Margot Wallström har entledigats, utrikesminister


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Tal av utrikesministern vid SIPRI-seminarium om kärnvapennedrustning, 4 april 2016


Foreign Minister Wallström’s Speech at Sipri Conference “Nuclear Disarmament: Revisiting the Legacy of Olof Palme” 4 april 2016. Talet hölls på engelska. Det talade ordet gäller.

Excellencies, Ladies and Gentlemen,

Welcome to this seminar on nuclear disarmament, a commemorative event marking the 30th anniversary of Olof Palme's assassination.

I am particularly pleased that Deputy Secretary-General Jan Eliasson will deliver the keynote speech, given his personal experience of working closely with Prime Minister Olof Palme. I would also like to extend a special welcome to all the distinguished members of the panel, and a very special thanks to the staff of SIPRI for organising this event, in particular Dan Smith and Tariq Rauf.

Excellencies, Ladies and Gentlemen,

As a committed internationalist, Olof Palme believed that Sweden – a military non-aligned country with a high degree of credibility with nations great and small – could and should play a special role as mediator and honest broker for international peace and security.

One of Olof's last speeches was in New Delhi, in January 1986. It was his Indira Gandhi Memorial Lecture. He spoke about international security and devoted a large part of his speech to the threat of nuclear war.

He spoke about the devastation caused by the bombs over Hiroshima and Nagasaki. The terrifying immediate effects and the long-term, irrevocable consequences.

He pointed out, and I quote:

"A nuclear war can hit all peoples and all States, even those who are furthest away from the theatre of war. But this also means that all peoples and all nations have a right to have a say about these weapons of mass destruction."

Excellencies, Ladies and Gentlemen,

I have met survivors from Hiroshima. They described the horrors of the bomb and the after-effects they themselves – and generations to come – have to live with. Nuclear arms are diabolic in their range. They spread pain and suffering over space and time. They reach over vast geographic spaces and further into the future than the human mind can grasp.

Today we see with great concern how new nuclear arms are being developed and used as a threat, and that there are no ongoing nuclear arms reduction negotiations involving the two largest nuclear-weapon States despite the attempts of the Obama administration.

As Olof Palme pointed out in New Delhi: We who live in nuclear-weapon-free States, and our future, are obviously threatened by the nuclear arms race.

It is therefore our right, as well as our duty, to make firm demands for nuclear disarmament.

Building on Sweden's proud tradition as a constructive actor in nuclear disarmament, our Government has re-engaged in the international work against nuclear arms:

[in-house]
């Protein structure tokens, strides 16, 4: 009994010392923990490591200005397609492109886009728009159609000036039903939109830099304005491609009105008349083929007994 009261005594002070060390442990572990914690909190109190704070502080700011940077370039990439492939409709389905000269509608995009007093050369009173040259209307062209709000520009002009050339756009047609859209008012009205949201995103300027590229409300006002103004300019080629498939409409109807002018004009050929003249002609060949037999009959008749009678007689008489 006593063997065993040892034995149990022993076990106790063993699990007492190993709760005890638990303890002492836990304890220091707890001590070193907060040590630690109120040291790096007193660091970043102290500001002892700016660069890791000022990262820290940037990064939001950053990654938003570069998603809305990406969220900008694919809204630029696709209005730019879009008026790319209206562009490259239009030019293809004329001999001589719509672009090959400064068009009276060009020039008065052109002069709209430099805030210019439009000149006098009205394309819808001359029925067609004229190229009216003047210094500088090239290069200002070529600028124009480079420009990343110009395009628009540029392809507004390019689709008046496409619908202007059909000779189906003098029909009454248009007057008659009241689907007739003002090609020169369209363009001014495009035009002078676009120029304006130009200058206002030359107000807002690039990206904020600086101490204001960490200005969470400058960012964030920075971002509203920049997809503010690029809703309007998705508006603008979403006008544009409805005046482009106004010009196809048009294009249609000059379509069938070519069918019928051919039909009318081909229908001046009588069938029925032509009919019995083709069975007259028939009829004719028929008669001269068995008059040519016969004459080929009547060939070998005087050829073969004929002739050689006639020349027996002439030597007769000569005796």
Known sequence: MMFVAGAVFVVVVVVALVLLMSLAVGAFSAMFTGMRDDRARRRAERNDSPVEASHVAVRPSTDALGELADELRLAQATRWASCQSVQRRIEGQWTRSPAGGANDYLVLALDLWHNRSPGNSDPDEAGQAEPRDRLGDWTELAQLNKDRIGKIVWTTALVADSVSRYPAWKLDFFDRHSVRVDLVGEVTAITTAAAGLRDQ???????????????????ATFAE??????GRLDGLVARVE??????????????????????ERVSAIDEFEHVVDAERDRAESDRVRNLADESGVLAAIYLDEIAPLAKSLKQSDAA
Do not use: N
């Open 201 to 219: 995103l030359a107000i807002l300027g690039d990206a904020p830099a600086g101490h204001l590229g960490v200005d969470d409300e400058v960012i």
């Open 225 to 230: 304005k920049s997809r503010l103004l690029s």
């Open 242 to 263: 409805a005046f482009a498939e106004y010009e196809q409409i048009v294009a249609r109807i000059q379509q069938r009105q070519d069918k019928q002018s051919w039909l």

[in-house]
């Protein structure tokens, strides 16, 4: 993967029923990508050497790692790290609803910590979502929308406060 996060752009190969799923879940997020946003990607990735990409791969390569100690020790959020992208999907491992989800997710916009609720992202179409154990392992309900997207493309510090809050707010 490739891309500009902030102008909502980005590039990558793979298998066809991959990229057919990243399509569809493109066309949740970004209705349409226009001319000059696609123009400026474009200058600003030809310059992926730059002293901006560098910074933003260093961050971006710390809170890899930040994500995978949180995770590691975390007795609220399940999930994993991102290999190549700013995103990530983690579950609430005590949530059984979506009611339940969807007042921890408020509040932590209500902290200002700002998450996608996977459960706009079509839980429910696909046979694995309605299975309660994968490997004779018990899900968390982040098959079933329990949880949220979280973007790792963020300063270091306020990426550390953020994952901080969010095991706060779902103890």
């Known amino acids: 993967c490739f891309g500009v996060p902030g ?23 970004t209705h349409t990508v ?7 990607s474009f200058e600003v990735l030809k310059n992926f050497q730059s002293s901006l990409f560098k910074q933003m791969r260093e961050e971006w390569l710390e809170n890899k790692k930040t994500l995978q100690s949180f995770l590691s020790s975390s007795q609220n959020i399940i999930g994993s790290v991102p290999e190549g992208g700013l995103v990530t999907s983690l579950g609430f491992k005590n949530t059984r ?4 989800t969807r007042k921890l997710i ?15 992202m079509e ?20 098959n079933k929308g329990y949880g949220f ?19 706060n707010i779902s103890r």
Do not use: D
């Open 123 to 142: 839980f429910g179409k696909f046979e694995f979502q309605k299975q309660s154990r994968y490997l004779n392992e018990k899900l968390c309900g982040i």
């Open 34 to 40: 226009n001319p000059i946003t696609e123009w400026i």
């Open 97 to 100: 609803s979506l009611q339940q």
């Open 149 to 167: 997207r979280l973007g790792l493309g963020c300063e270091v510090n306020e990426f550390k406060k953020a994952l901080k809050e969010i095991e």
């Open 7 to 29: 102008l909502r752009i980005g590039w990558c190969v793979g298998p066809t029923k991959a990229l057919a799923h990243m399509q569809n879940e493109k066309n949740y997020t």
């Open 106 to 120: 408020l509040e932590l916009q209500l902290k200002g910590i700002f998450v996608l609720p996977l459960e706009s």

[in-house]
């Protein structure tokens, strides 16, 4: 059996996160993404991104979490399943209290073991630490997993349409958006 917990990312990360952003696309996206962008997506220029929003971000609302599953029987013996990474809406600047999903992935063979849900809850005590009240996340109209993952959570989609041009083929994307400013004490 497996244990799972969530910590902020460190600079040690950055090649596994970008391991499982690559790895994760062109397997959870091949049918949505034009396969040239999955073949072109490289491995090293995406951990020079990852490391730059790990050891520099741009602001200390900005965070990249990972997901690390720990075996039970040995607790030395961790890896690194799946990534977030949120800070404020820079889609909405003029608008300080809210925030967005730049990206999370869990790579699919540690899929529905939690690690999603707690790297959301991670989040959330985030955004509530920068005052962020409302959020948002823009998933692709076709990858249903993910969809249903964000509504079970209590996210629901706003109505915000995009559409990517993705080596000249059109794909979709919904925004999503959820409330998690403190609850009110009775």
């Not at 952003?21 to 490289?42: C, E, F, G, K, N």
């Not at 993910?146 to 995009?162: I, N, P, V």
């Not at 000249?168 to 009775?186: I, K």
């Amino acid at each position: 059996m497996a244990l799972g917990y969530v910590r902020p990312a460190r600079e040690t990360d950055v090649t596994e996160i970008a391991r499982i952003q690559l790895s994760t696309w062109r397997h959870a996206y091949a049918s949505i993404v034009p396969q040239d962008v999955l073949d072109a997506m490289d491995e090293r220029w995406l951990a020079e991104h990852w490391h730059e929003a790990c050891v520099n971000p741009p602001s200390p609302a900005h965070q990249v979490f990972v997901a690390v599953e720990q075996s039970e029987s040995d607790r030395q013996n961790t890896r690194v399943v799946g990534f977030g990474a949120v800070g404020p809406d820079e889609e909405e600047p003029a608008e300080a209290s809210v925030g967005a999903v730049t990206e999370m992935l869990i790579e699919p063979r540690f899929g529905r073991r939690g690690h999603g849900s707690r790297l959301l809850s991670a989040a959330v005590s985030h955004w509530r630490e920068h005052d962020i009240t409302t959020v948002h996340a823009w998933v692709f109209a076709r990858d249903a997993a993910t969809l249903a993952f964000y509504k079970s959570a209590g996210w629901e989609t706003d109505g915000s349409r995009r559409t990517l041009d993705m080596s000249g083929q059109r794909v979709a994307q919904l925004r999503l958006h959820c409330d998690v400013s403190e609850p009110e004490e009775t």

• We have joined the Humanitarian Initiative, and re-joined the De-alerting Group. We actively pursue new disarmament measures in the re-established Open-ended Working Group under the UNGA.
  • We work tirelessly to support verification of disarmament. Sweden is co-chair of the technical cooperation project initiated by the US, together with Nuclear Threat Initiative (NTI), regarding exactly this.
  • Recently we announced that we will appoint a special ambassador for international disarmament efforts.
  • And I have just returned from the Nuclear Security Summit (NSS) in Washington DC, regarding how we can strengthen international cooperation to secure and protect nuclear materials and prevent nuclear terrorism. This is important, urgent and prioritised.

These are just a few examples. We have appointed a Swedish Delegation on International Law and Disarmament, and one of its tasks is to suggest concrete steps for further efforts for international disarmament.

Excellencies, Ladies and Gentlemen,

In New Delhi, 30 years ago, Olof Palme stressed the importance of stopping all nuclear tests.

Ten years later, in 1996, the Comprehensive Nuclear-Test-Ban Treaty, the CTBT, opened for signature. So far 183 countries have signed and 164 have ratified it, including three of the nuclear-weapon States: France, the Russian Federation and the United Kingdom. It is high time that all States that possess nuclear weapons join the Treaty and that they make good on their NPT disarmament commitments.

The existence of the CTBT, and the legacy of Olof Palme, show that change is possible, even in difficult areas such as nuclear disarmament. So now it is time for us nuclear-weapon-free States to initiate the next step. There is a need for additional international rules and tools to make all nuclear-weapon possessor States disarm. This could include a prohibition, a convention or a framework agreement on nuclear weapons.

A sustainable future for humanity and our planet cannot include nuclear arms. One day, when humanity has achieved the elimination of nuclear weapons, future generations will look back on us, and call us crazy. They will wonder how we could even permit these weapons to exist.

Excellencies, Ladies and Gentlemen,

To conclude, as most of you know, Sweden has put forward its candidacy for a seat in the United Nations Security Council in 2017–2018. In the disarmament field, following our successful contribution for example to the Arms Trade Treaty, we think we can play an active role in the Council's important work.

With these words, let me once again welcome you to this event. It is now my great pleasure to give the floor to Jan Eliasson, the Deputy Secretary-General of the UN, who will give the keynote speech.

Thank you.